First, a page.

Sunday, July 26, 2015
J. Ryan Stradal talks about his exhuberantly wonderful novel, Kitchens of the Great Midwest, wanting to write a book his mom would have loved, being a foodie, writing, and so much more.
The title of Kitchens of the Great Midwest is as glorious as that cover. You can't help but become engrossed.
J. Ryan Stradal is an editor Unnamed Press, fiction editor at The Nervous Breakdown, advisory board member at 826LA, and co-producer and host of the literary/culinary series Hot Dish.
His work also appears appears in Hobart, The Rumpus, The Los Angeles Review of Books, Joyland, The California Prose Directory, and Midnight Breakfast, among other places. He likes books, wine, sports, root beer, and peas.
Publishing a debut is always exciting--and a little nerve-wracking, yet people are already buzzing about your book. Does this make it harder or easier to write your next book, and if so, why?
No—at least not yet, anyway. The new book feels like a completely different entity. It’s like everyone is talking about what I made for lunch, and meanwhile I’m busy cooking dinner.
To some extent it already feels like someone else wrote Kitchens. I’ve heard that this could happen. I love all of the characters in that book, but I love my new characters too, and they’re the ones I’m thinking about every day and obsessing over.
What was the idea that sparked this book, the thought that haunted you so you had to write it out?
Great question. I wanted to write a book that my mom would’ve loved had she lived to see it exist. Beyond that, I was driven to write a book set in my home region, with characters that resembled the kinds of people I knew growing up. I hadn’t read anything yet that really nailed that for me, so I figured I’d better write it myself. This one really was heavy with my mom’s influence, though. I thought of her every day while I was writing this. It was like she was sitting behind me.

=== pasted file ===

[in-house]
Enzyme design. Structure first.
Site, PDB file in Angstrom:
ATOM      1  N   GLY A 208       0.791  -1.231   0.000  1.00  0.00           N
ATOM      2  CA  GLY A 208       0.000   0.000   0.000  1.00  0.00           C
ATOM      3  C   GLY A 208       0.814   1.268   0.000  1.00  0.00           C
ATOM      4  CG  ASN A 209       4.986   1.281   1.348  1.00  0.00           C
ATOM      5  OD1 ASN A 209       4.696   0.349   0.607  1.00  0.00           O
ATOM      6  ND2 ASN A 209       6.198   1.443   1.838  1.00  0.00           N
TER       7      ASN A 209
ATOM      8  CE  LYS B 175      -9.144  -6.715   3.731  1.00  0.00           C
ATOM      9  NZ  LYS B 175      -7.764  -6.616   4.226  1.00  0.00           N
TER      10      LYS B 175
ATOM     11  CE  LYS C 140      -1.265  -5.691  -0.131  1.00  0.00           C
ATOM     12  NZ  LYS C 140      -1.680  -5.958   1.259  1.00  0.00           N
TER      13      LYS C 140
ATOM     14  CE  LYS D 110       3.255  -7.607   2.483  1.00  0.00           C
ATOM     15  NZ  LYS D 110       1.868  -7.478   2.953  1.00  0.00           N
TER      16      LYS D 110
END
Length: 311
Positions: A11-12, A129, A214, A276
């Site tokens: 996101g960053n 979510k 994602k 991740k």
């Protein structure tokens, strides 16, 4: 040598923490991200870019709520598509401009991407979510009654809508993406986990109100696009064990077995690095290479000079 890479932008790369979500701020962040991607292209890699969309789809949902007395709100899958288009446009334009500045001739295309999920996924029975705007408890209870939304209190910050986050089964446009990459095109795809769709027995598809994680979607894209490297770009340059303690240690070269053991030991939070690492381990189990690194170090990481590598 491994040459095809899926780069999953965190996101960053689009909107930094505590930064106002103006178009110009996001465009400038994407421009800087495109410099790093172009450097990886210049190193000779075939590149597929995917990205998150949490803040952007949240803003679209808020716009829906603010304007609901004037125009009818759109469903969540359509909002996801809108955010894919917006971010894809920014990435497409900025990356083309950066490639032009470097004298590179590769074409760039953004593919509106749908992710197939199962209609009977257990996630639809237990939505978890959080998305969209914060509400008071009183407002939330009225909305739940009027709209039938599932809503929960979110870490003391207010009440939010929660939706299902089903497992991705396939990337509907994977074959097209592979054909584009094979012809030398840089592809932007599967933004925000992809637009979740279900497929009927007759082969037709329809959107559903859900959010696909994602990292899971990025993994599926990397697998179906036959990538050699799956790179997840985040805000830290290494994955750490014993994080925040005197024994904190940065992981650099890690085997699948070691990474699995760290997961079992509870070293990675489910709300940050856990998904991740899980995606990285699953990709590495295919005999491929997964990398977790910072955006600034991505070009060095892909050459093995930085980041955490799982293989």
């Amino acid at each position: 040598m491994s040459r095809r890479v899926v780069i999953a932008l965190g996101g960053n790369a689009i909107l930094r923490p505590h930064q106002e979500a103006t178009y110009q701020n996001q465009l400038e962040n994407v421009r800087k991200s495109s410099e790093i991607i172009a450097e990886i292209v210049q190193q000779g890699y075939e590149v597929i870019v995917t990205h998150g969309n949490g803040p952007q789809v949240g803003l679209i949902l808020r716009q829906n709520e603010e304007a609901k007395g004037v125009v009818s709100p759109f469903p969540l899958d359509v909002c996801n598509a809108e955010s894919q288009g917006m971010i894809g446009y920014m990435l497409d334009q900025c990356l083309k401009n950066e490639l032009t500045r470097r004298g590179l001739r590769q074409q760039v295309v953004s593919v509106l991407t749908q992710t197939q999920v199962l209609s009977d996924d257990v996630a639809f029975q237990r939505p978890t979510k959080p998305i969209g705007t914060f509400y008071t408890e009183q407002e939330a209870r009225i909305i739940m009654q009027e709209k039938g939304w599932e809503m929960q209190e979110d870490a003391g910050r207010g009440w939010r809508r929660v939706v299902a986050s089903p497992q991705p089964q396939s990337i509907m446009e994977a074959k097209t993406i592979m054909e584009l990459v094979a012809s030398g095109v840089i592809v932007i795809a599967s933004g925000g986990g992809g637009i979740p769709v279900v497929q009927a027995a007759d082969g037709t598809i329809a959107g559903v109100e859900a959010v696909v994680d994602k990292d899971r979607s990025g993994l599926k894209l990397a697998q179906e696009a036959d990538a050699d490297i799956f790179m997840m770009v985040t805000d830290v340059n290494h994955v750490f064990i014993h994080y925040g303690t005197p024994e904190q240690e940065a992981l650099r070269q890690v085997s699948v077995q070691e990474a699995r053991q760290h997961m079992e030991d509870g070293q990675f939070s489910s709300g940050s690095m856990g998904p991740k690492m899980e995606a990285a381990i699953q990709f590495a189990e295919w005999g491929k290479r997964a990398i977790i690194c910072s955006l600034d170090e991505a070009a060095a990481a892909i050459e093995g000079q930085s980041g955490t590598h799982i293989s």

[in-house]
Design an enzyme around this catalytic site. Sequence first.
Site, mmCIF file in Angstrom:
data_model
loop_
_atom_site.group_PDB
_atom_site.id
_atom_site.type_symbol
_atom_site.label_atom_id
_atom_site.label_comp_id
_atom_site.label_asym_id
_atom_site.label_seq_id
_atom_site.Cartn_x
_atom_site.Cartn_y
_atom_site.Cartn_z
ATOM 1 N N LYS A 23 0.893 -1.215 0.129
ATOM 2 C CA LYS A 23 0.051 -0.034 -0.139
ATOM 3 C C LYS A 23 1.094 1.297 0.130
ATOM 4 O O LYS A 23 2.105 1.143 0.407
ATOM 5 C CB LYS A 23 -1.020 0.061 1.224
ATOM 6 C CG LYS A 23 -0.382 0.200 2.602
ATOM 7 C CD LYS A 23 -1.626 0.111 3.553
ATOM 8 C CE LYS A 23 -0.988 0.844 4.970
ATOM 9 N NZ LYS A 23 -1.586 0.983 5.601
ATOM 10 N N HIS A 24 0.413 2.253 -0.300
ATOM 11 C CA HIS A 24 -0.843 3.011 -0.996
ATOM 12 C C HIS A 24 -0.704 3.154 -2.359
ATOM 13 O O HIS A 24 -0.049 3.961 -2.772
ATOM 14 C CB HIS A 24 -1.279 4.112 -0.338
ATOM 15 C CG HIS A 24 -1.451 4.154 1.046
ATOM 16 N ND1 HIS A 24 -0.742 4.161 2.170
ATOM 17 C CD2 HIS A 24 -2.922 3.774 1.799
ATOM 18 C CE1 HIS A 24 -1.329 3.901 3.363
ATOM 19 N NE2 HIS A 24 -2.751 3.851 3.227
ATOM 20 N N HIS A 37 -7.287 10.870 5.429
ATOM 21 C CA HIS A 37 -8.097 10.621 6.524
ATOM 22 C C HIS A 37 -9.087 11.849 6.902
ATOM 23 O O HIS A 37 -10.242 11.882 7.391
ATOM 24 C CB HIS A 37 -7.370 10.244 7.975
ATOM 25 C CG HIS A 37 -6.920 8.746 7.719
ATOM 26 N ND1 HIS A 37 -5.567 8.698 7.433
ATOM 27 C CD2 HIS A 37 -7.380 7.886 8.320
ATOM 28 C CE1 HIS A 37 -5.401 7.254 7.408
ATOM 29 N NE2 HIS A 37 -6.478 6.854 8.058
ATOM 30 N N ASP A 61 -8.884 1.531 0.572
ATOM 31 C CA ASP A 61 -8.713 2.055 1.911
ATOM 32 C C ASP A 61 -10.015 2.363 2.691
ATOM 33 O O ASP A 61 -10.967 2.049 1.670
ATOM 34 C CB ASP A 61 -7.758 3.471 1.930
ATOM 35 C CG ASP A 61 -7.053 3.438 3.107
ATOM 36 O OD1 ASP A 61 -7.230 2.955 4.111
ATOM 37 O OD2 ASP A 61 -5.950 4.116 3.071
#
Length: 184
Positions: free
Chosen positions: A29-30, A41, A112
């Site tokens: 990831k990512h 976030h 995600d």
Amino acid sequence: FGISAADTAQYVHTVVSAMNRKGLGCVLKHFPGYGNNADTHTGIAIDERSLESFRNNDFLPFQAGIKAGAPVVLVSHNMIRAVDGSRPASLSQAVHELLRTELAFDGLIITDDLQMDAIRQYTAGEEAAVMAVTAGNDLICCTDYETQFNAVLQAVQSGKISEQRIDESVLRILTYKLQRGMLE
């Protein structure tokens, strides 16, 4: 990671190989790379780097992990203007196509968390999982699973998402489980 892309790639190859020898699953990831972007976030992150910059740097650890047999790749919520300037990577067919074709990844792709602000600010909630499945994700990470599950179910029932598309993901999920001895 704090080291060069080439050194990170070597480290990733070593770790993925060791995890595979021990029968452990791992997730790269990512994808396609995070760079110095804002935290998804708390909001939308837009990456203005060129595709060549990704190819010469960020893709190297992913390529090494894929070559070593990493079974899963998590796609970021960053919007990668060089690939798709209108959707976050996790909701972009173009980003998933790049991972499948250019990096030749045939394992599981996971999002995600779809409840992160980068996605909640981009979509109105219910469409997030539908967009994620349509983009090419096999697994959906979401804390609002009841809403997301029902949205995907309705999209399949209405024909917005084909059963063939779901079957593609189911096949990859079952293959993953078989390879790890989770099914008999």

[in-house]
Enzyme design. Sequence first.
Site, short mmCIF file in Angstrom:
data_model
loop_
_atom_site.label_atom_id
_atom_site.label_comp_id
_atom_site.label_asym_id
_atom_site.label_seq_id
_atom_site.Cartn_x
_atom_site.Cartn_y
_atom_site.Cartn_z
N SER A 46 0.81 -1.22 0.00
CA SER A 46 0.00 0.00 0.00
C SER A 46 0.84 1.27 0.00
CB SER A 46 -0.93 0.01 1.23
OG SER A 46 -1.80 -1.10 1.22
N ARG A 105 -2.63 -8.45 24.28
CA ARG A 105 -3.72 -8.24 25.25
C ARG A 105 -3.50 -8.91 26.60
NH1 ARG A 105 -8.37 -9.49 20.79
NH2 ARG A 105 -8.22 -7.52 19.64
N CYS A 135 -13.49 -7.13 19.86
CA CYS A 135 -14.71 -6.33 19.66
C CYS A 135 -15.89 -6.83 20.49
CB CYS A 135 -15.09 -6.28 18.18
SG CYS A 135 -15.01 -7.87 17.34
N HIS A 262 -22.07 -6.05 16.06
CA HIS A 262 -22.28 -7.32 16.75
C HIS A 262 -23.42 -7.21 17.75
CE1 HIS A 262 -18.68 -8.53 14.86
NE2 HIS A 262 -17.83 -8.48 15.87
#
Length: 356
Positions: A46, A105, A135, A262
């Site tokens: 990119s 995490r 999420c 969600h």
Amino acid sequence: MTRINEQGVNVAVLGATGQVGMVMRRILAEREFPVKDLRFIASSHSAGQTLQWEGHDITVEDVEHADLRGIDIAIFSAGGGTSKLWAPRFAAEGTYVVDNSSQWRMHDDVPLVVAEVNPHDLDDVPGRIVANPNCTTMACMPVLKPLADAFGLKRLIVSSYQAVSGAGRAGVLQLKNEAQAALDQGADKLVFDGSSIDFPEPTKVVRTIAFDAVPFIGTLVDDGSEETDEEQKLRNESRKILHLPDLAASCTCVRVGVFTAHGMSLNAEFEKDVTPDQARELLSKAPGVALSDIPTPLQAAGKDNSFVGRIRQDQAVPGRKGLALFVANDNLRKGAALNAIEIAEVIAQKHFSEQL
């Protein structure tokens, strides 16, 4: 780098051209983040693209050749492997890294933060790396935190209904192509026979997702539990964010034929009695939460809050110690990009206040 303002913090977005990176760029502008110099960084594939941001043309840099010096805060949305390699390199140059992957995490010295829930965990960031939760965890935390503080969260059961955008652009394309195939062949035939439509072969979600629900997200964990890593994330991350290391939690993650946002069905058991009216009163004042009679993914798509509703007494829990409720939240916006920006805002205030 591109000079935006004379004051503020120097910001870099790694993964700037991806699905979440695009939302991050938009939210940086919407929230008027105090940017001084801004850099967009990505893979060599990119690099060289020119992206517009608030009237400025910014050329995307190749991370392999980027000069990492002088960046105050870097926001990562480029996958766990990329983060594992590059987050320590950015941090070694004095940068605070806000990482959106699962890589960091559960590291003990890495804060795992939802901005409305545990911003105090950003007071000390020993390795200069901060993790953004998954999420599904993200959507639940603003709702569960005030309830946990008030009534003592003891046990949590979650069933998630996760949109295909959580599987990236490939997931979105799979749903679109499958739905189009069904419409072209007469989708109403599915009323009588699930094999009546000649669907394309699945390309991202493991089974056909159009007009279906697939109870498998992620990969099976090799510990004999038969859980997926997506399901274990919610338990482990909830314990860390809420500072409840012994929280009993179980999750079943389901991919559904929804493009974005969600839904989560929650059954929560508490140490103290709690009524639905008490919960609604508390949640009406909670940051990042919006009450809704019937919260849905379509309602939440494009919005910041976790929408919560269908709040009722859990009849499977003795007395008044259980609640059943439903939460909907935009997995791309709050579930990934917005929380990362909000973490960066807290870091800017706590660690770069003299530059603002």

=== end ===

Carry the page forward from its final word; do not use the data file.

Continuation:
What kind of writer are you? Do you outline or do you wait for the muse?
Somewhere in the middle of those two, but skewed towards the latter. I don’t outline before I start working, but I do have some idea of what ending I’m working towards. I write into a story, and depending on the work, once I discover it, I may make some kind of structural schematic when it’s far enough along that helps me keep track of what’s happening and what still needs to happen.
I deeply admired the structure of this book, with all the different points of views, all of them forming a kind of tapestry allowing us to see a more complex Eva. Did you know this was going to be the structure when you began writing or did it seem to evolve organically? And how different was your first draft from your last?
I devised this structure in my head pretty early on. I started with the notion that I’d tell the stories of the guests at a dinner party, explaining how each knew the chef, and work backwards, with each chapter telling the story of a different guest. I veered from that pretty quickly once the personality of the chef became so strong, and she, not the dinner, became the focus.
The first draft was about 80% the same. Initially there were more chapters like Venison and Bars that barely involved Eva. I quickly decided that I didn’t need so many of those. One character was wiped from the book completely when the two chapters that prominently featured her were both cut. There was more time spent with Ros Wali and his company in one of them. Every chapter, in my mind, had to tell the reader something new and important about Eva, so the ones that failed that test had to go, regardless of their other merits.
Of course, the book is about food, so I wanted to know if you, yourself, are a foodie? And are the recipes in the novel yours?
I’m an enthusiastic eater of food, but not much of a chef. I follow recipes, I don’t come up with them. The ones in the novel are largely inspired by recipes in a book compiled by a group of women at my great-grandmother’s Lutheran church in 1984.
What’s obsessing you now and why?
My next novel. It’s what I’m working on even when I’m not working on it.
What question didn’t I ask that I should have?
Who else has helped since I wrote the acknowledgements section last fall! So many people mattered to me so deeply while I was writing the book, and so many people have continued to astonish me with the amount of hard work and generosity they’ve brought to my life in the intervening year between completion and publication. These folks require my eternal gratitude in print: Thank you, so much, to Joel Arquillos, Stefan Bucher, Ellen Byron, Ann Friedman, David Gonzalez, Chris Heiser, Carolyn Hutton, Rosemary James, Pamela Klinger-Horn, Cathy Langer, Steven Salardino, Kate Stark, and, significantly: Tom Benton, Jude Swenson, and Brian Tart.